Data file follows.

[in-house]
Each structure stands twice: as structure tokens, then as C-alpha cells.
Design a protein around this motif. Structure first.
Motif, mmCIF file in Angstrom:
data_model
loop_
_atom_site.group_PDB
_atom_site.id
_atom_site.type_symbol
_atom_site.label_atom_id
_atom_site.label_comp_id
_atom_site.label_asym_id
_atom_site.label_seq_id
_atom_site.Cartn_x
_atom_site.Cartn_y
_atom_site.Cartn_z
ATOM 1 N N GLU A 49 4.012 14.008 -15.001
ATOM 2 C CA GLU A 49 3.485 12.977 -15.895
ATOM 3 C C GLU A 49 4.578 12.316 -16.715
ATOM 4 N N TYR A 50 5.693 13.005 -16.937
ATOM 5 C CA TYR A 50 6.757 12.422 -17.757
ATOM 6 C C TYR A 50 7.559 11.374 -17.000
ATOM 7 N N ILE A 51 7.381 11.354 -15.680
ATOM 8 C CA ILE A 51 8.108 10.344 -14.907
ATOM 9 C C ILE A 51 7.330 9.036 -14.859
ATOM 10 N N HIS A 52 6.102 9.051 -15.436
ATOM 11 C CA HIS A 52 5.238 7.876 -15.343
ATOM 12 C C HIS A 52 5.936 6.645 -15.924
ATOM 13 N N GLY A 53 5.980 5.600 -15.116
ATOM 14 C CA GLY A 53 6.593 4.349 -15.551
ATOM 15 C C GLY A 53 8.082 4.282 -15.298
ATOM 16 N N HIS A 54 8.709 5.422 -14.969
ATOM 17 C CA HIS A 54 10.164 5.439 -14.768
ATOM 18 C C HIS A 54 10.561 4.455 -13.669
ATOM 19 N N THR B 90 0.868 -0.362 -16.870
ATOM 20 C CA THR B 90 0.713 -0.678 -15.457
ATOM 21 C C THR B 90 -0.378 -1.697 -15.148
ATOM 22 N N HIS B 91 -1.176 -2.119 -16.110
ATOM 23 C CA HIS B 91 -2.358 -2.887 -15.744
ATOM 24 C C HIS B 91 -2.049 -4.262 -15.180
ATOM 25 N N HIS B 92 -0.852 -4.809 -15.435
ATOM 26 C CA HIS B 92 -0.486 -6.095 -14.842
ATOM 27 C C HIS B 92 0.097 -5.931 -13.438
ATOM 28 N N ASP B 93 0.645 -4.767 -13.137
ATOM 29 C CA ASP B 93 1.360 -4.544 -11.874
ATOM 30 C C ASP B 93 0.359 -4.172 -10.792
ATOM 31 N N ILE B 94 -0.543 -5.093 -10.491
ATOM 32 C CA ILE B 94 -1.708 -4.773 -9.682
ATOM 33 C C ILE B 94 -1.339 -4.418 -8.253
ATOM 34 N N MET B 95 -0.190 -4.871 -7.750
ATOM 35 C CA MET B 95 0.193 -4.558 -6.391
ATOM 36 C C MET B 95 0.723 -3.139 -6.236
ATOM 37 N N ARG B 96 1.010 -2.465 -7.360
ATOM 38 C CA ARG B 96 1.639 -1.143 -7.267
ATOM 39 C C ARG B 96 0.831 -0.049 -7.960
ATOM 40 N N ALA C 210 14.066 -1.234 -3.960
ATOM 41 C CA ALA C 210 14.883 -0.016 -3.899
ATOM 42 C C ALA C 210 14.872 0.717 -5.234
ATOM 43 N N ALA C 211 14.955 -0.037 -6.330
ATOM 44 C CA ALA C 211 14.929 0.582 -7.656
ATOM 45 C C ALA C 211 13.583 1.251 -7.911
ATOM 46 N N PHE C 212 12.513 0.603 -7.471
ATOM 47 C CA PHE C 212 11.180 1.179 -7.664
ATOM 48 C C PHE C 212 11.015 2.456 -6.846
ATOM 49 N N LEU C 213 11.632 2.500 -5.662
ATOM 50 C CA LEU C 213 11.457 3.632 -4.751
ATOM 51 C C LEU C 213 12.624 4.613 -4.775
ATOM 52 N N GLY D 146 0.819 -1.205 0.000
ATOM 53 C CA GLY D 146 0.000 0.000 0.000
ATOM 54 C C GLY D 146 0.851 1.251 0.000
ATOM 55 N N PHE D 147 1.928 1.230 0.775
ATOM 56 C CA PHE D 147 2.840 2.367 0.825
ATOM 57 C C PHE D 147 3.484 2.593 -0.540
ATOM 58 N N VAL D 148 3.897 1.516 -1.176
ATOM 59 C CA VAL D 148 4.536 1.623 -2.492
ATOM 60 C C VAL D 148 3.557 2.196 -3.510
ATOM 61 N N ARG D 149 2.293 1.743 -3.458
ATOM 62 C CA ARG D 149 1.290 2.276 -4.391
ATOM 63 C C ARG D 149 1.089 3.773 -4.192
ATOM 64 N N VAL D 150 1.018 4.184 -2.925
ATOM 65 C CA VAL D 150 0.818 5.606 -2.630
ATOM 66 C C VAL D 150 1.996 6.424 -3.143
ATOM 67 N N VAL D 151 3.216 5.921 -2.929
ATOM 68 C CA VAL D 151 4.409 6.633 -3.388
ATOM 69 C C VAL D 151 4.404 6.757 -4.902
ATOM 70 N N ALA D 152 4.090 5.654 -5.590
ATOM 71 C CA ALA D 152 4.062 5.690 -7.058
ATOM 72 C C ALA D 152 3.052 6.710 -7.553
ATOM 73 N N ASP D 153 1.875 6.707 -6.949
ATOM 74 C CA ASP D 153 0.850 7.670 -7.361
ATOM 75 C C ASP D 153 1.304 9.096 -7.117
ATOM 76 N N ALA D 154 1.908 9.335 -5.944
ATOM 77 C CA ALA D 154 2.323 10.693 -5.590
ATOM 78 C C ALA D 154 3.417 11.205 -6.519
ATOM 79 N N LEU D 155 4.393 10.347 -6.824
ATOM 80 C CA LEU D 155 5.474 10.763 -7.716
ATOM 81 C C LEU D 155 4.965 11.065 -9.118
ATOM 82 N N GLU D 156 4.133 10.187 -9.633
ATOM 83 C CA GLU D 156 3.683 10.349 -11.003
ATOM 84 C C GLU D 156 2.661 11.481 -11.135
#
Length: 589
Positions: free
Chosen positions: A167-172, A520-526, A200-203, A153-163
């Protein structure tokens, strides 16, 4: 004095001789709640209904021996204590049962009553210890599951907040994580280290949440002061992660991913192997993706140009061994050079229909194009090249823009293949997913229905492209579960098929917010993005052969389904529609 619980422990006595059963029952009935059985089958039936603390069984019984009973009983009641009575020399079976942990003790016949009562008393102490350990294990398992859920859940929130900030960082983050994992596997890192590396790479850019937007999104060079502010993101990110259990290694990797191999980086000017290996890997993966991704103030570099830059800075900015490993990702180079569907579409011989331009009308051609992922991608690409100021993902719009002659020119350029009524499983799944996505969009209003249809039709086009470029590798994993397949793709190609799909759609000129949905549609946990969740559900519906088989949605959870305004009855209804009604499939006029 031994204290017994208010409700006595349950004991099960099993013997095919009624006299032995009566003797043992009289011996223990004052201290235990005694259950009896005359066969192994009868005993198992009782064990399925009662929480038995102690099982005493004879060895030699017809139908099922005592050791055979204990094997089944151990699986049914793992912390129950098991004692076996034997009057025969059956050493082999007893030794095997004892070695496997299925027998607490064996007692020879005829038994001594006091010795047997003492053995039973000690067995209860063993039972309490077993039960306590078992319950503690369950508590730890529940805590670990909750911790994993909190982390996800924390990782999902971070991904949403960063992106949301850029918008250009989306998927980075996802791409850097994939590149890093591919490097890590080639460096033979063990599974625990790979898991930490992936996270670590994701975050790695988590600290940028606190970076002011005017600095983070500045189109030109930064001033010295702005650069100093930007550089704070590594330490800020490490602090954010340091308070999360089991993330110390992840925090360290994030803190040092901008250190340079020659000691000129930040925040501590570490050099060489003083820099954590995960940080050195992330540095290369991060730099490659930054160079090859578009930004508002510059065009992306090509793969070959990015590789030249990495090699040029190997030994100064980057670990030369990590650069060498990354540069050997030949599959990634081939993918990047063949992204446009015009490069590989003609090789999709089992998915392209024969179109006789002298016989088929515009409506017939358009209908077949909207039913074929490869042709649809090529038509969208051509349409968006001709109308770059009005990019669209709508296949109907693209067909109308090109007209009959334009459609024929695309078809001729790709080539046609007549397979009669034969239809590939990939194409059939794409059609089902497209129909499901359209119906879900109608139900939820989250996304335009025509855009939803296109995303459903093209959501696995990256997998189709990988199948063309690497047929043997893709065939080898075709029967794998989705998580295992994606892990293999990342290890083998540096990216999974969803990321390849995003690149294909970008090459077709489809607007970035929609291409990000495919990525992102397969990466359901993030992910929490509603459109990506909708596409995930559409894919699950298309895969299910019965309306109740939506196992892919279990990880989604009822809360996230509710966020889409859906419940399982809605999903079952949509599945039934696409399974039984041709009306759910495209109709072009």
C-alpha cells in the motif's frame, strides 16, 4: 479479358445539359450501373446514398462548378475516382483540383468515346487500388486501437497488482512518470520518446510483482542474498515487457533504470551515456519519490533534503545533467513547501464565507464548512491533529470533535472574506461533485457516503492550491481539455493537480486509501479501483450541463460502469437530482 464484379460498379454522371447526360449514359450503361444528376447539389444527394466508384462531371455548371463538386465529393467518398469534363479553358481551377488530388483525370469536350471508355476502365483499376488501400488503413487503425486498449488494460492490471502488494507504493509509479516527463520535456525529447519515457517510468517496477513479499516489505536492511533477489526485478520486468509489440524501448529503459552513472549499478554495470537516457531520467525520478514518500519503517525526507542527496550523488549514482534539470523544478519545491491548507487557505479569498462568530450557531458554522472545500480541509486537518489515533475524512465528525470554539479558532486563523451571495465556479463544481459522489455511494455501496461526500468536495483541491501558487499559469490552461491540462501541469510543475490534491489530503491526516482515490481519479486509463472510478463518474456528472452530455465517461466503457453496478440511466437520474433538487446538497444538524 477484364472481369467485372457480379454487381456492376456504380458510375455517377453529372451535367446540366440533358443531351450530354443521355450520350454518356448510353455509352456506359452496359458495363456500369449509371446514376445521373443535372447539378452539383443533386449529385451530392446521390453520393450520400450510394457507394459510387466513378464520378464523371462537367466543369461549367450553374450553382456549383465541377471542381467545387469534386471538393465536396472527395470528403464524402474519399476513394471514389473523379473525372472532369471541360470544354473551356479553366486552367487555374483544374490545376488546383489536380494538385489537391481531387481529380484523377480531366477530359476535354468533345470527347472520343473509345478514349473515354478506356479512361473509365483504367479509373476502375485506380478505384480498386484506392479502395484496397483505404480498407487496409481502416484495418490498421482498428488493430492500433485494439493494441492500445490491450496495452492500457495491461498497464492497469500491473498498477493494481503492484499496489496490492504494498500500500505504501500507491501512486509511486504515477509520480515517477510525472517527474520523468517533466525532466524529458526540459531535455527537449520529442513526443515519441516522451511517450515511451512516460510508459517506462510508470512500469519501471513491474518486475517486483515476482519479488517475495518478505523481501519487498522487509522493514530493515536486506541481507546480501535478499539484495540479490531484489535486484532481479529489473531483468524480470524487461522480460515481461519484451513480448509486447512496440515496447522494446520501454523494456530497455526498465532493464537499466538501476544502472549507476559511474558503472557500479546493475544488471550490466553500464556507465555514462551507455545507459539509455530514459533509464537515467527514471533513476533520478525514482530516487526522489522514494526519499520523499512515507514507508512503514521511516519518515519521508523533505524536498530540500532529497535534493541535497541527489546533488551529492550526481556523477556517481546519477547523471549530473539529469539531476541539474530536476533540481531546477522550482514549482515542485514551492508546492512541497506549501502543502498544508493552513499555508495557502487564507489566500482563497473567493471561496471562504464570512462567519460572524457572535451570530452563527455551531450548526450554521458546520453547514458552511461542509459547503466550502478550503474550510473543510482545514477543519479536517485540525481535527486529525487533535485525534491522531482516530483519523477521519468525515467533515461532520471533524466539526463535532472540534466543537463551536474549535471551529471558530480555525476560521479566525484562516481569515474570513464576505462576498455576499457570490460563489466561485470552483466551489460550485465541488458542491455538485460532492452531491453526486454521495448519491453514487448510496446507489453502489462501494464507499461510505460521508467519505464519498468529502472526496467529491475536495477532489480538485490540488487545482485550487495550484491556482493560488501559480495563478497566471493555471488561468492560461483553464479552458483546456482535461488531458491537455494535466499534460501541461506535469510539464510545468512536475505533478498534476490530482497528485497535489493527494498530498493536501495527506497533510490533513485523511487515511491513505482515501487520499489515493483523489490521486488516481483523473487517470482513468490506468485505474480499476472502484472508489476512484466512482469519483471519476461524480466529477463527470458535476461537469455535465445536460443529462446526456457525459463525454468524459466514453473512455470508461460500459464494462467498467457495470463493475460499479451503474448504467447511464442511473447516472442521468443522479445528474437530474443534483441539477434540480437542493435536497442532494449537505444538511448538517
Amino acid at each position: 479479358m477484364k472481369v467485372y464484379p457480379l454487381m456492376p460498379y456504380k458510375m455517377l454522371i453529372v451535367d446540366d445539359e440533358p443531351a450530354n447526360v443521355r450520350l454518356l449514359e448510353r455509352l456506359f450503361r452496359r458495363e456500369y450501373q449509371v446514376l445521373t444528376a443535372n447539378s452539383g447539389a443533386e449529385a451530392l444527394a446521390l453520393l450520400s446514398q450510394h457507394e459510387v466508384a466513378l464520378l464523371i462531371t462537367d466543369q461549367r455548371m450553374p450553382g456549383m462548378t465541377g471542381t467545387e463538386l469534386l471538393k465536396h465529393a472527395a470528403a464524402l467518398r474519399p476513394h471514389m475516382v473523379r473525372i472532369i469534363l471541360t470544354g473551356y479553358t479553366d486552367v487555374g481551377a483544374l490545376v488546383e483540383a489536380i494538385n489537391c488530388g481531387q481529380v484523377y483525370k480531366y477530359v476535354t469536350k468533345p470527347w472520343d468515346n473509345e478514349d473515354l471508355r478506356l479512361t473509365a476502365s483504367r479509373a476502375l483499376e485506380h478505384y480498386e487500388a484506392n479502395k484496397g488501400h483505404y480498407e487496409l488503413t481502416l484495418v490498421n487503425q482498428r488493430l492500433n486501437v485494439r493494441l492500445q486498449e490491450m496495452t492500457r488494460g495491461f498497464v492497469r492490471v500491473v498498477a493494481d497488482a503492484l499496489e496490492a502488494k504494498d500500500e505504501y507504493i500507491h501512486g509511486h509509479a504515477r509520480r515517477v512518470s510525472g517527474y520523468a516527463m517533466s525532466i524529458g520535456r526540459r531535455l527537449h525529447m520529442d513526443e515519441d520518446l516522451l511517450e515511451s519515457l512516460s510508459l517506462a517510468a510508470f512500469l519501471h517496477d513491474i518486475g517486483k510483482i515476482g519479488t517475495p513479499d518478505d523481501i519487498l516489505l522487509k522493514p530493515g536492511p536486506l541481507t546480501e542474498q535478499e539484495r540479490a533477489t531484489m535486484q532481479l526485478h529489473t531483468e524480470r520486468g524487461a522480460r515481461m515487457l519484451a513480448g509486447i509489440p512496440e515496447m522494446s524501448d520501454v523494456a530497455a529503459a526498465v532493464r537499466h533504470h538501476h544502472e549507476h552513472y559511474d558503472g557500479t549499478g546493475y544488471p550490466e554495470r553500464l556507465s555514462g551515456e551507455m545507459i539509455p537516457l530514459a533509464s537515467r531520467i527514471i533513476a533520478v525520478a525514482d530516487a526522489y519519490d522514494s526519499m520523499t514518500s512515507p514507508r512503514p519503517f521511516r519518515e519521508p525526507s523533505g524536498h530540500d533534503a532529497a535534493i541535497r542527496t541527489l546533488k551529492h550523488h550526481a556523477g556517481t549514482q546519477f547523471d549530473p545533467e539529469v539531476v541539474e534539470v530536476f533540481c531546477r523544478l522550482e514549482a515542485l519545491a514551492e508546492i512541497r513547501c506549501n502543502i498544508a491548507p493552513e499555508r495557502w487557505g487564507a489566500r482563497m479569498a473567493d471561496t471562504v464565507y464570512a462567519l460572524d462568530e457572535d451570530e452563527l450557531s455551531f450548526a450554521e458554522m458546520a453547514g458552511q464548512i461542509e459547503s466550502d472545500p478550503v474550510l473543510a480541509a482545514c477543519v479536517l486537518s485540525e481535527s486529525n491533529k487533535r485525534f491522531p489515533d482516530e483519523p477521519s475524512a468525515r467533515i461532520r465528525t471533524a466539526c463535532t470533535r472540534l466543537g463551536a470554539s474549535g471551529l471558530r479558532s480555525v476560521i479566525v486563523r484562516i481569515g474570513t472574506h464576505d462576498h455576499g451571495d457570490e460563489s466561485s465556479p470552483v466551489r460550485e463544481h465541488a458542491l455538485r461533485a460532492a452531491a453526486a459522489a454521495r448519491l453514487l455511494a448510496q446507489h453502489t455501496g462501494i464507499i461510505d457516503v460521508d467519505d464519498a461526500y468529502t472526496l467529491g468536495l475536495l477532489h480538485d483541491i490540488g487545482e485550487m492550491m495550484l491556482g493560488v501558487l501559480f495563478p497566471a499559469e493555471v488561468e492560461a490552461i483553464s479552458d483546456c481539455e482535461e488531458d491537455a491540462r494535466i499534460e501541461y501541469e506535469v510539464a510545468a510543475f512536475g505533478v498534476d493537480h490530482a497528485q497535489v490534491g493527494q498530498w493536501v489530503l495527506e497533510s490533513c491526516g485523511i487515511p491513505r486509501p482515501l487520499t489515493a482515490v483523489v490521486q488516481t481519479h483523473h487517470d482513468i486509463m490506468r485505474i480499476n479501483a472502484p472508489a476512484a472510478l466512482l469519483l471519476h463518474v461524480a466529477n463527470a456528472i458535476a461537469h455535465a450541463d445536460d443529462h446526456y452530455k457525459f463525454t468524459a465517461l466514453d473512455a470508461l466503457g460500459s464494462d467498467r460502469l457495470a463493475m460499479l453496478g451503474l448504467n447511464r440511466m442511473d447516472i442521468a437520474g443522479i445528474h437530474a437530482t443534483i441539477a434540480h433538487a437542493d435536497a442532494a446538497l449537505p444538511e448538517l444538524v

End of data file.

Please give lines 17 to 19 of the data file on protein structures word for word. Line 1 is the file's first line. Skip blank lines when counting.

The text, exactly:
ATOM 1 N N GLU A 49 4.012 14.008 -15.001
ATOM 2 C CA GLU A 49 3.485 12.977 -15.895
ATOM 3 C C GLU A 49 4.578 12.316 -16.715